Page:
Anyway, I have to say that Deadpool #39 was entertaining in a really stupid, easy way. The story required no intense thought process and Deadpool was portrayed as the sort of the character that can be really funny and awesome but also super annoying, kind of like Beetlejuice. While not a particularly strong comic, Deadpool #39 definitely whetted my appetite for more comics with this character.


  1. Shane used to read a decent amount of Deadpool. You should ask him for some guidance.

  2. No no no no! Oh man this is a terrible entry into Deadpool... the current Deadpool offerings are so... Meh. Kerry no! I'm so sad, I'm glad this didn't make you completely write off the character, because he is my favorite character and there are such better Deadpool arcs to read! I gotta hook you up with something better... perhaps Gail Simone's excellent run in his previous series, or the absolutely excellent series between this one and that one, Cable & Deadpool. I can get you those if you wanna give it a spin. The writer doing Deadpool now, Way, doesn't really "get" the character and how to treat him like previous books have.

  3. @Pat Hughes Haha I suspected as much when I picked up this comic. I was like, "man, I bet this character is so cool and I bet everything out there right now with him just sucks and is super cartoony." This seems to happen a lot in comics.

    I still definitely like the guy and definitely want to read more. I'll try to see if I can get my hands on some of Gail Simone's run just because I love her. Cable & Deadpool I only heard about vaguely so I'd need to look into that as well I guess.

    Thanks for the suggestions and I may hit you up for those comics :P

  4. @Thomas I shall have to ask Shane's advice. I just felt that this issue was so gimmicky and that this character is only understood in this really broad way now. The Question seems to have this happen to him as well in comics.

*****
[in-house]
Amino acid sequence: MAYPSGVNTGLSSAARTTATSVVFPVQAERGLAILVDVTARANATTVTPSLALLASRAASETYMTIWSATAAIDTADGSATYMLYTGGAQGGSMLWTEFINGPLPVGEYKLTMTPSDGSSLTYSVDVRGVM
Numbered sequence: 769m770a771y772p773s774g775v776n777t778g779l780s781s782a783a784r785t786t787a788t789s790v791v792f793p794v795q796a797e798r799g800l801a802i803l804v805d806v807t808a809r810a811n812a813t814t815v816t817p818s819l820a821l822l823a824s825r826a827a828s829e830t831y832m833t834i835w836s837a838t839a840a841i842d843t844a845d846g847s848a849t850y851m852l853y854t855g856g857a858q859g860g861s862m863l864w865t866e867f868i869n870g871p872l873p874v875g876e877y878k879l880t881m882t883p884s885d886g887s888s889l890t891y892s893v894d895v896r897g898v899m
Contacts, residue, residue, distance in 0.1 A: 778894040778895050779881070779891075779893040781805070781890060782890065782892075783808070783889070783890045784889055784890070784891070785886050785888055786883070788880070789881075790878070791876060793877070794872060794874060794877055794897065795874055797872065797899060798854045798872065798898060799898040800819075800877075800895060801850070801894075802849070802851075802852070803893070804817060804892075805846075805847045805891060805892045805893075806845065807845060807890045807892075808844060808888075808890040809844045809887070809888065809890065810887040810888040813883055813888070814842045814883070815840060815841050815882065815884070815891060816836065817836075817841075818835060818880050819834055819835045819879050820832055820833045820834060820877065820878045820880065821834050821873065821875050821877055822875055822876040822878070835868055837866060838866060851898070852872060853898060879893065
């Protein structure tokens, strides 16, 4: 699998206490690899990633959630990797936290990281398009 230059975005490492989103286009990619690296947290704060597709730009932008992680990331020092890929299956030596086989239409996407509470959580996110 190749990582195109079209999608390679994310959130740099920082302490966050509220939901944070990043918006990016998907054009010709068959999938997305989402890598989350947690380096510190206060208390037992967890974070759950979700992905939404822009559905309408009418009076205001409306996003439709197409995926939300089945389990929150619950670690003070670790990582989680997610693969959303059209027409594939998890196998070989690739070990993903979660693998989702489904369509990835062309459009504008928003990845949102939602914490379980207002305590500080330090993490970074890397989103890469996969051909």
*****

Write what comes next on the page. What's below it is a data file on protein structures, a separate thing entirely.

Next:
5. As far as I'm aware (my first hand knowledge of Deadpool is limited to MvC3 sadly) Deadpool can be a hit or miss character based entirely on how the writer depicts insanity. In short, he can either be Daffy Duck or the Joker and the challenge is in figuring out which persona matches the situation and cast. This one kinda reminds me of Atomic Robo.

  6. Yeah, it's really tough with The Question since I think they took a lot of liberties with the character in JLU, making him a lot better. I'd really like to read some of the original comics from the 60s that Steve Ditko did, but they're really hard to come by. Apparently he just loved Ayn Rand, so he's still kind of crazy. I don't know if they have any of the conspiracy stuff though. All well.

  7. @Sergio J. A. Ragno III Yeah, that's definitely the feeling I got. The tough thing is, sometimes the Joker is Daffy Duck (though I do love Daffy Duck). Some writers just stick with a gimmicky and won't let go, which is awful.

  8. Deadpool is definitely a fantastic character that for some reason writers have a tough time portraying. I remember reading his first 2 mini series(es) {not sure what the plural of series is}.
    Anyway, most stories that I've read him in and enjoyed have him as not so much insane as he is super-deadly and deals with "nervousness" in almost a Spider-Man way of cracking jokes and having fun. Also, I think he does this because he likes to be challenged (due to his healing factor almost making it too easy) which is why he likes to rile his opponents up with dumb jokes and wise cracks. Get their ire up. And get an awesome fight out of them.
    Then again, that could just be me (and how I see the character).